From the Publisher

Rebuilding Japan and Reaching the World

On Launching This Website

Harano Jōji

The string of massive earthquakes that struck on March 11 off the Pacific coast of Japan’s northern Tōhoku region, the tsunami they triggered, and the ongoing crisis at the Fukushima Daiichi Nuclear Power Station have presented Japan with its greatest challenge since the end of World War II. Our hearts go out to the victims and evacuees still suffering through the aftermath of this disaster, and our condolences to the families of the many thousands who died.

At the same time, we strive to keep our observer’s eye focused on the disaster as it continues to unfold. This is an event that will bring about fundamental change in Japan’s very being in the twenty-first century.

We are responding to this unprecedented situation with this website. With generous support from the Nippon Foundation, we offer examinations of the conditions in which Japan now finds itself, as well as the tasks that lie before it as it seeks to rebuild, in three languages: English, Japanese, and Chinese.

These are timely messages to deliver to a global audience. Economic growth is a tool for enhancing people’s affluence and happiness, and increasing flows of electricity have long been required to keep this growth on track. The accident at the nuclear power plant threatens drastic change to our social structures built around the goal of growth, as well as sweeping ecological shifts. This may well be a warning bell sounded as we move deeper into a century when the global population is on its way to the 10 billion mark.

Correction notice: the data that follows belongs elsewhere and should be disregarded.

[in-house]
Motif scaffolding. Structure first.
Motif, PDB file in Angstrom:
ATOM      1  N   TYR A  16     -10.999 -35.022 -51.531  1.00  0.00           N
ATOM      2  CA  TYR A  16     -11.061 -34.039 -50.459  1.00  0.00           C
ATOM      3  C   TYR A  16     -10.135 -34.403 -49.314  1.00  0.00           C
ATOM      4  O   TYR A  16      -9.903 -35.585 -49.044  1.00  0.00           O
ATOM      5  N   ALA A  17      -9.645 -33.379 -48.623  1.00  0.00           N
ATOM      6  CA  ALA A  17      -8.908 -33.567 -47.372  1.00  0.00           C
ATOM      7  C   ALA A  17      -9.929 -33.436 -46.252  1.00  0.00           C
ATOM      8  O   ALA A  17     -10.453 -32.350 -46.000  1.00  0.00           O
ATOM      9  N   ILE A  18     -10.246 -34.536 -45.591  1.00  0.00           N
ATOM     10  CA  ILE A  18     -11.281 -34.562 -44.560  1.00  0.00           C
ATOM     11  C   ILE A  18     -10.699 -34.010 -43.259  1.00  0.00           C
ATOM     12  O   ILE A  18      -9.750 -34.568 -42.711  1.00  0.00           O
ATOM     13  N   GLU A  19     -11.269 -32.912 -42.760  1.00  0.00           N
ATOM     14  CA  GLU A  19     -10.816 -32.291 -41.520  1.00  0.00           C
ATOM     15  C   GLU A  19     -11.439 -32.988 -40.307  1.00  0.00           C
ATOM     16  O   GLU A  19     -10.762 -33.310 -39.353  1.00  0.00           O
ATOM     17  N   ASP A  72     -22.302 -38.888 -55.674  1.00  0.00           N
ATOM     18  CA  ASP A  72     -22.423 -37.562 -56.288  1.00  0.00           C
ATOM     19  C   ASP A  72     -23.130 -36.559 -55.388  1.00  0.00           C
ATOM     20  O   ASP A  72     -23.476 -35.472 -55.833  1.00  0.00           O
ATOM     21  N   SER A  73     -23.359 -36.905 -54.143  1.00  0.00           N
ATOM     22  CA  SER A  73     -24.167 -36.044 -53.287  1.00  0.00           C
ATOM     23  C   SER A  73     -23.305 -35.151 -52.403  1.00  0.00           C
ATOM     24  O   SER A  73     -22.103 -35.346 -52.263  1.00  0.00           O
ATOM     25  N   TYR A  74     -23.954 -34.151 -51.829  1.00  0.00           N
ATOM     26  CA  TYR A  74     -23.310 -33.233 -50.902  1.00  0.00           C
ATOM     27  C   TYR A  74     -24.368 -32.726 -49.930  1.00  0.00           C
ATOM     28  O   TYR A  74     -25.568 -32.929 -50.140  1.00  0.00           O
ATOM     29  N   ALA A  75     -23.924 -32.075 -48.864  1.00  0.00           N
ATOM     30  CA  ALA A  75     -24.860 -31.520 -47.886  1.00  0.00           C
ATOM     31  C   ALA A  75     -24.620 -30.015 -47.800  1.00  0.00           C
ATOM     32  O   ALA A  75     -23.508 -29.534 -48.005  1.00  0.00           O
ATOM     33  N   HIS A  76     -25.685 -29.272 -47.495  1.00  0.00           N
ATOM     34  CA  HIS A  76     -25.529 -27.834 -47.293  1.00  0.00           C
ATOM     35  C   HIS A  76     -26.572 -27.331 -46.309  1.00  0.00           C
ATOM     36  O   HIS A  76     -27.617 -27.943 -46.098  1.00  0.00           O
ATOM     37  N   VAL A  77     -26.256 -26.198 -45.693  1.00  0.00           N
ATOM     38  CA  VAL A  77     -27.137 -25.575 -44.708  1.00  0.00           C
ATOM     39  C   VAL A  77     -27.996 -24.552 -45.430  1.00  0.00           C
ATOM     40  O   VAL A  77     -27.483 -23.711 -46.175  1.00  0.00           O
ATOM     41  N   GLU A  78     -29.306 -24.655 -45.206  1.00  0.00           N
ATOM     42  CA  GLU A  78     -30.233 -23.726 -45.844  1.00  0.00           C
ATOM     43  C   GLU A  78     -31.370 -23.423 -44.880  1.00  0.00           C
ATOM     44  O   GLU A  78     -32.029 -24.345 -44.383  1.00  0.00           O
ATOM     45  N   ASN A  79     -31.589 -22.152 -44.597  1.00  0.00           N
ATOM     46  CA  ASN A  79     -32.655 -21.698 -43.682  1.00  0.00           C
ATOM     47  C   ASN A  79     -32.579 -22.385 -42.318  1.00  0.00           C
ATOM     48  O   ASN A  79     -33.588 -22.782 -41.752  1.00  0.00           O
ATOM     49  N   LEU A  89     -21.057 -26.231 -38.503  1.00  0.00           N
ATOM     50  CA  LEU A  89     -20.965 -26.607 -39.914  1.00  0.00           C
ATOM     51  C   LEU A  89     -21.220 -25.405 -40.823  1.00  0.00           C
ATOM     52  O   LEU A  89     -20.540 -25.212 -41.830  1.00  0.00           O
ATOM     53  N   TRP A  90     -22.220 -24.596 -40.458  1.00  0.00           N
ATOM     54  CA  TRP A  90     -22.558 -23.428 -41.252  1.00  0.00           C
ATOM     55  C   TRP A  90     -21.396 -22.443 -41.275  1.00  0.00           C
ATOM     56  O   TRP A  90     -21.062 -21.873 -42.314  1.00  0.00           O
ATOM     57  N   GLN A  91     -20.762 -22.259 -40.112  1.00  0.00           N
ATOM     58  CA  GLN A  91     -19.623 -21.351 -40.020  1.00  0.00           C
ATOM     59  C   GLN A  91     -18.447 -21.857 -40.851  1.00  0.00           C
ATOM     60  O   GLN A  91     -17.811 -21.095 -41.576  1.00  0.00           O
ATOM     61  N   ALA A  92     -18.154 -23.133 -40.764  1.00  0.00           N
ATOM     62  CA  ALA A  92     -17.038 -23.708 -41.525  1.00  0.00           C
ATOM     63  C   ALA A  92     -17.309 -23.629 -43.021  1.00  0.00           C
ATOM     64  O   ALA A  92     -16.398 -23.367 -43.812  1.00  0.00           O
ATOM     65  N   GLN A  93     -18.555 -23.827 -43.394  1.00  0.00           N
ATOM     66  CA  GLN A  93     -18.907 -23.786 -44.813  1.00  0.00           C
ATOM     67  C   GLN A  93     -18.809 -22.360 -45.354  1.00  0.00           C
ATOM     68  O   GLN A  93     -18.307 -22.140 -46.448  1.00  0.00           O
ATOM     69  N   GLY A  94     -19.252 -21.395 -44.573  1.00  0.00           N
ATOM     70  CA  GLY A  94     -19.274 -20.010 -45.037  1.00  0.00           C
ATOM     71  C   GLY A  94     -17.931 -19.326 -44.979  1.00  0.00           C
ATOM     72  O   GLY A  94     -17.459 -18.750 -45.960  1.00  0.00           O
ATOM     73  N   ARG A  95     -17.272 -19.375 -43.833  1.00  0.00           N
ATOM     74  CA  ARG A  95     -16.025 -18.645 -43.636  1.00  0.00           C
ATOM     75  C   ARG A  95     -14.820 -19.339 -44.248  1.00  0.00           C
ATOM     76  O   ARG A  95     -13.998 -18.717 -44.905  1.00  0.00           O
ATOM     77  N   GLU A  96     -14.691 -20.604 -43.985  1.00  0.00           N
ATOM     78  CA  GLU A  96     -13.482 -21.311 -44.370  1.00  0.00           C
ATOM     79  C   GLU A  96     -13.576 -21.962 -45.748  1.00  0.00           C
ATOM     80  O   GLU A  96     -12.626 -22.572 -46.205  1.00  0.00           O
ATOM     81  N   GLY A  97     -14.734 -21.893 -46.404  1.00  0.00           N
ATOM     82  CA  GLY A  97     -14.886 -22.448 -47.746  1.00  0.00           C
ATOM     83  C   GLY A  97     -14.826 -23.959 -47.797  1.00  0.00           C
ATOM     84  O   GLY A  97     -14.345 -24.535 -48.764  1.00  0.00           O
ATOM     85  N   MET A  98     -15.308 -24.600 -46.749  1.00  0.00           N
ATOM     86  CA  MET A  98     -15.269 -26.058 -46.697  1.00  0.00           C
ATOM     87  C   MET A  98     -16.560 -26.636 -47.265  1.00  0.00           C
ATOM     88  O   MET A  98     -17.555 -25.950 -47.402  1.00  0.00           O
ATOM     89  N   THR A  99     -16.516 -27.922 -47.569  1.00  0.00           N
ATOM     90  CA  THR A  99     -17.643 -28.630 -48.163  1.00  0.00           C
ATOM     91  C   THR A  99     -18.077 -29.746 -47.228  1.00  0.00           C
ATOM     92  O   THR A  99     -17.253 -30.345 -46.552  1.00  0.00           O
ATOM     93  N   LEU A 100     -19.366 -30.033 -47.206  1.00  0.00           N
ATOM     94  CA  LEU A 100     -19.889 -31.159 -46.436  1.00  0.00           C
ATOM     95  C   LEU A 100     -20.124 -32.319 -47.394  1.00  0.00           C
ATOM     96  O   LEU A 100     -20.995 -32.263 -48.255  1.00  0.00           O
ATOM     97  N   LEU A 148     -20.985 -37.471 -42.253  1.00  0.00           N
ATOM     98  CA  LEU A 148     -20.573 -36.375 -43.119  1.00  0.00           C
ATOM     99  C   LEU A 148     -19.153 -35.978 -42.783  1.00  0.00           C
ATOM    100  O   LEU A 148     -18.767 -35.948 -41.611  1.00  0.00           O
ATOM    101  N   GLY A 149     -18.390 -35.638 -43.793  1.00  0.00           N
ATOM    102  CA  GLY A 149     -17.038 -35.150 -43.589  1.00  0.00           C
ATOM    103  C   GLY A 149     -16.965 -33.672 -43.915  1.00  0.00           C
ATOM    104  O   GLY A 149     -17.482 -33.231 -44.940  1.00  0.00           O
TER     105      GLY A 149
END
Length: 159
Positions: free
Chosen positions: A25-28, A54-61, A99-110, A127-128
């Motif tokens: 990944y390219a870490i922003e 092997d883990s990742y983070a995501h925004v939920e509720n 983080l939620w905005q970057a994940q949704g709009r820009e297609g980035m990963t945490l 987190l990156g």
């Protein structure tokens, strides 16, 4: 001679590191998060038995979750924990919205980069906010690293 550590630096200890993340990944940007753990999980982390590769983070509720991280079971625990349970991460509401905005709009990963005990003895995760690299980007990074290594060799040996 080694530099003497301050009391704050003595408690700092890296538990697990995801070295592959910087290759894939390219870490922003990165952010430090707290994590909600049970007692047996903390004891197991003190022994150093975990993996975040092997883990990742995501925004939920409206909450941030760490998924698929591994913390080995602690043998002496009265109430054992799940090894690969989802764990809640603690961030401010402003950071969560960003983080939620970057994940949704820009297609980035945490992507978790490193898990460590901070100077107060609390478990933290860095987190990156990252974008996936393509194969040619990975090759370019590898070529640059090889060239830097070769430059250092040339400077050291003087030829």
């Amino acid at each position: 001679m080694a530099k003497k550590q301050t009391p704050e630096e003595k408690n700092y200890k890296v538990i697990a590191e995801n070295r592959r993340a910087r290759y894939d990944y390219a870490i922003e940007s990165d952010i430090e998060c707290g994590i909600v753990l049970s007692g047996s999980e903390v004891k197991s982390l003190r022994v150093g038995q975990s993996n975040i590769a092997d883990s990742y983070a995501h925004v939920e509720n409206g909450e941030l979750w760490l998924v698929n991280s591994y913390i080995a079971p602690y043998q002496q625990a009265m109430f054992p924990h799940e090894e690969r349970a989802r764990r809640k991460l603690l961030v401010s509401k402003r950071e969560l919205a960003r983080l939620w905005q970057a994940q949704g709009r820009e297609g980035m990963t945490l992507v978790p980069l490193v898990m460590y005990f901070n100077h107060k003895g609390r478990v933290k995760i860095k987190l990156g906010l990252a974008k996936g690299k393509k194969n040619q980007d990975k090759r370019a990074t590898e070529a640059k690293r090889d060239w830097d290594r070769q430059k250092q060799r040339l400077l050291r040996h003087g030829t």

Communities across a broad swath of northern Japan, from the northern Kantō through the Tōhoku regions, were destroyed in an instant in the shaking and waves of March 11. The forces of nature swept away not just people’s lives and livelihoods, but their traditions and histories as well, in a manner we can only describe as unjust and cruel. A nation surrounded by the sea, Japan throughout its history has looked to the oceans as a source of sustenance—a fact that makes it all the more likely that this natural disaster will bring about fresh shifts in the Japanese consciousness and way of life as its impact becomes more fully felt.

On the international stage, the crisis has sparked an outpouring of aid for Japan from nations around the globe. At the same time, though, we have seen a wave of ungrounded rumors concerning the nuclear plant situation that threaten Japan’s international standing in various ways. As the third-largest economy in the world, our nation is clearly a deeply linked part of the global community, for better and for worse. The disaster-caused changes to the networks linking Japan to the rest of the world will bear close watching for some time to come.

And so we watch the aftermath of March 11 unfold. What can be done? What must we do? With this site, we have determined to share the broad spectrum of voices and bold proposals from Japan in the hope that they will be of benefit to the Japanese reconstruction and to the global community as a whole.

We hope this site will be viewed by as many people as possible. Please share it with others. (Written on April 1, 2011.)

Harano

 

Harano Jōji

Representative director of the Nippon Communications Foundation (the Japan Echo Foundation at the time of writing); journalist. After joining Jiji Press in 1972 as a political reporter, served as the Paris correspondent and deputy chief of the Editorial Bureau. Became president of Japan Echo Inc. in 2003. Recipient of the Stella della solidarietà italiana. Works to share Japanese views and trends with a global audience.